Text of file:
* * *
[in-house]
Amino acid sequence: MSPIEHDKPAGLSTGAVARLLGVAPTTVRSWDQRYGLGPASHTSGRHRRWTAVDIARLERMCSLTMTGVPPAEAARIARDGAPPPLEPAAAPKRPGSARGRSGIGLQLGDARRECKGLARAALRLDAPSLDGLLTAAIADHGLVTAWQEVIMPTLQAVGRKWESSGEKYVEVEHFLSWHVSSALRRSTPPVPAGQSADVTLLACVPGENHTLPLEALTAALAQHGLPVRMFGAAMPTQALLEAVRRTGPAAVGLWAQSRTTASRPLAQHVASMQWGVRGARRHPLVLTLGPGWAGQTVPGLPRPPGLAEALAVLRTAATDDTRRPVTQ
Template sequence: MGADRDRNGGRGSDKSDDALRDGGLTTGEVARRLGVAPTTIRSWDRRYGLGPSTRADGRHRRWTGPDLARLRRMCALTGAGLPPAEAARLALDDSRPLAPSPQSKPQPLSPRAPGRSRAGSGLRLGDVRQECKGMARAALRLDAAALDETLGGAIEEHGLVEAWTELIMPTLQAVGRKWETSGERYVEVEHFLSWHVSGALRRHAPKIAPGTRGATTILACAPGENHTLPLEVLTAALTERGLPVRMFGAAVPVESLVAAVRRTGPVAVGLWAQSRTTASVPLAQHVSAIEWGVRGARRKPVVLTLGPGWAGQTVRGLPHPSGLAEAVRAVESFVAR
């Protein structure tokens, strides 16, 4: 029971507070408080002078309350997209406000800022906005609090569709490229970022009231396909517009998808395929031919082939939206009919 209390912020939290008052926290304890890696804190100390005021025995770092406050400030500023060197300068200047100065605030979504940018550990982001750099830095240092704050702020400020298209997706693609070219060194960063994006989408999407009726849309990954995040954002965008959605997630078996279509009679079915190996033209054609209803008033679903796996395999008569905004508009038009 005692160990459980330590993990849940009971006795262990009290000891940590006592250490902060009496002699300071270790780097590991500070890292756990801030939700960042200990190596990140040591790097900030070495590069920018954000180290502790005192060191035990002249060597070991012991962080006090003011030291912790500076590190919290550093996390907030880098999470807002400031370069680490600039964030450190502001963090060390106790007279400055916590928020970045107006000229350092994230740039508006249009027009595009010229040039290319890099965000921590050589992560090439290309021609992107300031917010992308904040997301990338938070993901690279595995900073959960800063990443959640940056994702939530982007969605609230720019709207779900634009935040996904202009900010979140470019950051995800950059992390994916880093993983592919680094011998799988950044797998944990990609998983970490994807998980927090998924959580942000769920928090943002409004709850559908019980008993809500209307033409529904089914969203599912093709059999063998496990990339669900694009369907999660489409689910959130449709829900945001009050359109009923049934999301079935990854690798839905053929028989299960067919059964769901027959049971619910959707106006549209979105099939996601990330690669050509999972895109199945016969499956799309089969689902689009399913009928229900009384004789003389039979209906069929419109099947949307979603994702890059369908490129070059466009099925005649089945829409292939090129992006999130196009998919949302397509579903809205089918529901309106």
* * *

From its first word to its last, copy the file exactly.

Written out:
[in-house]
Amino acid sequence: MSPIEHDKPAGLSTGAVARLLGVAPTTVRSWDQRYGLGPASHTSGRHRRWTAVDIARLERMCSLTMTGVPPAEAARIARDGAPPPLEPAAAPKRPGSARGRSGIGLQLGDARRECKGLARAALRLDAPSLDGLLTAAIADHGLVTAWQEVIMPTLQAVGRKWESSGEKYVEVEHFLSWHVSSALRRSTPPVPAGQSADVTLLACVPGENHTLPLEALTAALAQHGLPVRMFGAAMPTQALLEAVRRTGPAAVGLWAQSRTTASRPLAQHVASMQWGVRGARRHPLVLTLGPGWAGQTVPGLPRPPGLAEALAVLRTAATDDTRRPVTQ
Template sequence: MGADRDRNGGRGSDKSDDALRDGGLTTGEVARRLGVAPTTIRSWDRRYGLGPSTRADGRHRRWTGPDLARLRRMCALTGAGLPPAEAARLALDDSRPLAPSPQSKPQPLSPRAPGRSRAGSGLRLGDVRQECKGMARAALRLDAAALDETLGGAIEEHGLVEAWTELIMPTLQAVGRKWETSGERYVEVEHFLSWHVSGALRRHAPKIAPGTRGATTILACAPGENHTLPLEVLTAALTERGLPVRMFGAAVPVESLVAAVRRTGPVAVGLWAQSRTTASVPLAQHVSAIEWGVRGARRKPVVLTLGPGWAGQTVRGLPHPSGLAEAVRAVESFVAR
């Protein structure tokens, strides 16, 4: 029971507070408080002078309350997209406000800022906005609090569709490229970022009231396909517009998808395929031919082939939206009919 209390912020939290008052926290304890890696804190100390005021025995770092406050400030500023060197300068200047100065605030979504940018550990982001750099830095240092704050702020400020298209997706693609070219060194960063994006989408999407009726849309990954995040954002965008959605997630078996279509009679079915190996033209054609209803008033679903796996395999008569905004508009038009 005692160990459980330590993990849940009971006795262990009290000891940590006592250490902060009496002699300071270790780097590991500070890292756990801030939700960042200990190596990140040591790097900030070495590069920018954000180290502790005192060191035990002249060597070991012991962080006090003011030291912790500076590190919290550093996390907030880098999470807002400031370069680490600039964030450190502001963090060390106790007279400055916590928020970045107006000229350092994230740039508006249009027009595009010229040039290319890099965000921590050589992560090439290309021609992107300031917010992308904040997301990338938070993901690279595995900073959960800063990443959640940056994702939530982007969605609230720019709207779900634009935040996904202009900010979140470019950051995800950059992390994916880093993983592919680094011998799988950044797998944990990609998983970490994807998980927090998924959580942000769920928090943002409004709850559908019980008993809500209307033409529904089914969203599912093709059999063998496990990339669900694009369907999660489409689910959130449709829900945001009050359109009923049934999301079935990854690798839905053929028989299960067919059964769901027959049971619910959707106006549209979105099939996601990330690669050509999972895109199945016969499956799309089969689902689009399913009928229900009384004789003389039979209906069929419109099947949307979603994702890059369908490129070059466009099925005649089945829409292939090129992006999130196009998919949302397509579903809205089918529901309106």